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New Wildlife Viewing Platform at Lake Wanahoo

I’m excited to share on this blog a project that I had the privilege of being a part of and one which will make birding in eastern Nebraska more enjoyable in the future. The project includes a wildlife viewing platform, parking area and walking trail connecting the platform and parking area at the north end of Lake Wanahoo near Wahoo. The project was spearheaded by Paula Hoppe and how it came together goes something like this.

Since its creation in 2012, Lake Wanahoo has become a popular birding spot and the north end is arguably the most productive area because of the diversity of habitat found here. In fact, at least 154 species have been sighted in this area according to eBird. However, birding here has been challenging because the area lacked a parking lot or a good place to view the marshy end of the lake, other than County Road O, which wasn’t the safest vantage point nor allowed due to the presence of a nearby Bald Eagle nest. That’s where Paula got the ball rolling and concluded a wildlife viewing platform would really improve birding and wildlife viewing opportunities. She recruited me and I was quickly on board. After some back and forth, a couple of site visits, concept development and meetings with the Lower Platte North Natural Resources District (LPN-NRD), who owns and manages the area, to seek permission and support, a plan was hatched. We had most of the ducks in a row, except for one big one.

Doing anything in this world requires funding and that was something we lacked. Fortunately for us, the Nebraska Game and Parks Commission has a competitive Watchable Wildlife Grant Program that annually hands out awards up to $3000 to deserving project. Thus, we crafted a grant application and submitted it. Fortunately, our project was funded. With funding in hand, we began to refine our plan and design for the platform. That’s where my father, Gerald Jorgensen, got involved. He happens to be a Contractor in Blair. Not only did he have a skid-loader that could make augering holes for our posts a whole lot easier, he provided input and ended up donating materials (and labor) to the project.

Work began earlier in the year when LPN-NRD began construction on a parking area. On 3 July, we started work on the viewing platform (with help from my brother and nephew, no less) and work occurred intermittently over the remainder of the summer. On a lark, the idea was hatched to create a shade structure whose frames resemble American Bitterns. It took a bit of time for the steel frames to be constructed, but the wait was worth it. Below is a map showing the location of the parking created by the LPN-NRD, the trail and platform (to locate this area, visit HERE) and a number of photos showing the construction process. I also need to acknowledge all the people and organization that provided support, these are listed below.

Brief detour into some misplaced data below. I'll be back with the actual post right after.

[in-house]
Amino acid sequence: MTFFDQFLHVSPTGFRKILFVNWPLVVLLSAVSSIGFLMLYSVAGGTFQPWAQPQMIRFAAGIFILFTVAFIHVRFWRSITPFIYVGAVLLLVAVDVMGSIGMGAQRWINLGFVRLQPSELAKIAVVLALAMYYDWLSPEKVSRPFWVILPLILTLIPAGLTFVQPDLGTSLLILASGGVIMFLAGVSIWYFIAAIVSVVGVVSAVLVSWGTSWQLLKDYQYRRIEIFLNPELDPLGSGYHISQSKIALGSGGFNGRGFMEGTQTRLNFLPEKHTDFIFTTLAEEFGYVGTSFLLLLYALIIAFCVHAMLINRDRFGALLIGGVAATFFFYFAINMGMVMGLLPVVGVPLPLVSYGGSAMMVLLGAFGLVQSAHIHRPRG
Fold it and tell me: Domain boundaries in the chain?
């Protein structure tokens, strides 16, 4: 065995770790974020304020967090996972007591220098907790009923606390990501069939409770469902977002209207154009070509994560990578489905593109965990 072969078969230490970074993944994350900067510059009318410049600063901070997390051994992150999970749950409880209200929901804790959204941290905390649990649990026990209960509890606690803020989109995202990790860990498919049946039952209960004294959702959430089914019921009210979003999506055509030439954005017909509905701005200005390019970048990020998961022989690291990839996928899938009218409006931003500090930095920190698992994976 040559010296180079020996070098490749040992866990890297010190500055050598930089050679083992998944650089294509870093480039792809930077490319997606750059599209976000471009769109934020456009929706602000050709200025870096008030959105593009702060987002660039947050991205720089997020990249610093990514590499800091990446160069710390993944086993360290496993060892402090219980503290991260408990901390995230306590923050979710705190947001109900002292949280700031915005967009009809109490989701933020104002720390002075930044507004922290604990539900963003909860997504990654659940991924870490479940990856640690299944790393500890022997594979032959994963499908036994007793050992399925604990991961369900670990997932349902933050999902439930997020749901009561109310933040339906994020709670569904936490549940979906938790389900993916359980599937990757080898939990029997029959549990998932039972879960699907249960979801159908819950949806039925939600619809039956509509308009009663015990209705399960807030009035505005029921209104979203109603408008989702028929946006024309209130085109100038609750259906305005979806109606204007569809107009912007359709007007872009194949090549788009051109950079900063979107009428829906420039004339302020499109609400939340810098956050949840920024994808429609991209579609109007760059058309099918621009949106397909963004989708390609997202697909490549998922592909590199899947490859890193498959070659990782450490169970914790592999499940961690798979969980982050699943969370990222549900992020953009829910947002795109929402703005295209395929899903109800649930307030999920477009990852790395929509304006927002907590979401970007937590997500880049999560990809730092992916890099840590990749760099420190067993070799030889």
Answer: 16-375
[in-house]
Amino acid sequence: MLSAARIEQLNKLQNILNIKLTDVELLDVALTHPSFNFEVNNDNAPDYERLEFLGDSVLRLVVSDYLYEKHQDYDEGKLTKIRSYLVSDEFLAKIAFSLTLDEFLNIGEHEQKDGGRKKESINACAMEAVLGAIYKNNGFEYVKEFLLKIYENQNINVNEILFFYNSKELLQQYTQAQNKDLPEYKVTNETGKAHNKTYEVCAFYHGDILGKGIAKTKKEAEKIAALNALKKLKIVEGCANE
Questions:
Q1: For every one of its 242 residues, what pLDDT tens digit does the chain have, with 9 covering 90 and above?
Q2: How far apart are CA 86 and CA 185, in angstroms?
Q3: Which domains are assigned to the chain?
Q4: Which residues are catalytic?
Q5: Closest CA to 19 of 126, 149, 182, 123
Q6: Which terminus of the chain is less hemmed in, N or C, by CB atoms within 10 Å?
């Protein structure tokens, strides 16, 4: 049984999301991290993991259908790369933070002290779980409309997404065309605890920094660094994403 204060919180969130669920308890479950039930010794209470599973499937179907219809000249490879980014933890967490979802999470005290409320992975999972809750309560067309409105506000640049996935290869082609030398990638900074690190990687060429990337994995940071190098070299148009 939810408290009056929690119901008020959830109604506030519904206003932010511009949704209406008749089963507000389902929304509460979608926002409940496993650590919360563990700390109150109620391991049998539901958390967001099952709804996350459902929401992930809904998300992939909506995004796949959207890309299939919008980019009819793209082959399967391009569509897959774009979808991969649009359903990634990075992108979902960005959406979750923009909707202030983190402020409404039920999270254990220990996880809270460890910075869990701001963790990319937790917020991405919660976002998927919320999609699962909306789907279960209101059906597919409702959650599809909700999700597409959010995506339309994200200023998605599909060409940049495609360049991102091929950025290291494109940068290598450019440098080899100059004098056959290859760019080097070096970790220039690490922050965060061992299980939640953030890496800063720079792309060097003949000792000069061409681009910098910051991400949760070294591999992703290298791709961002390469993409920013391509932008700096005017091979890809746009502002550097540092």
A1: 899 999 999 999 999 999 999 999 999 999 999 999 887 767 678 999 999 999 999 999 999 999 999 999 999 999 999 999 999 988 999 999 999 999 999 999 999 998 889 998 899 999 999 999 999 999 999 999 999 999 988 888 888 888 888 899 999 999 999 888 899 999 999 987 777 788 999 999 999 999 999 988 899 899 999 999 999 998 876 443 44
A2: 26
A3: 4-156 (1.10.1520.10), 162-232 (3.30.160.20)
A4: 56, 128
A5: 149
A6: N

Primary Funding: Watchable Wildlife Grant
Individuals/entities that contributed materials used in construction: Gerald Jorgensen/Jorgensen Contracting, Inc.
Individuals that volunteered or contributed labor to the project: Paula Hoppe, Joel Jorgensen, Gerald Jorgensen, Lauren Dinan, Jason Jorgensen and Jared Jorgensen.
Individuals/Organizations that provided direct project support: Gerald Jorgensen, Travis Kopf, Bob Heimann and Lower Platte North NRD staff and the Nebraska Game and Parks Commission.
Organizations/individuals that provided support: Lower Platte North NRD, Leslie Hershberger, Karie Decker, Kristal Stoner, Scott Luedtke, Jerry Garris, Adam Jones, Nebraska Ornithologists’ Union, Wachiska Audubon Society and the Nebraska Game and Parks Commission.

I especially want to thank the LPN-NRD, who was receptive to the idea from the beginning and was really great to work with on the project.

Good birding!

About Joel Jorgensen

Joel Jorgensen is a Nebraska native and he has been interested in birds just about as long as he has been breathing. He has been NGPC’s Nongame Bird Program Manager for eight years and he works on a array of monitoring, research, regulatory and conservation issues. Nongame birds are the 400 or so species that are not hunted and include the Whooping Crane, Least Tern, Piping Plover, Bald Eagle, and Peregrine Falcon. When not working, he enjoys birding.

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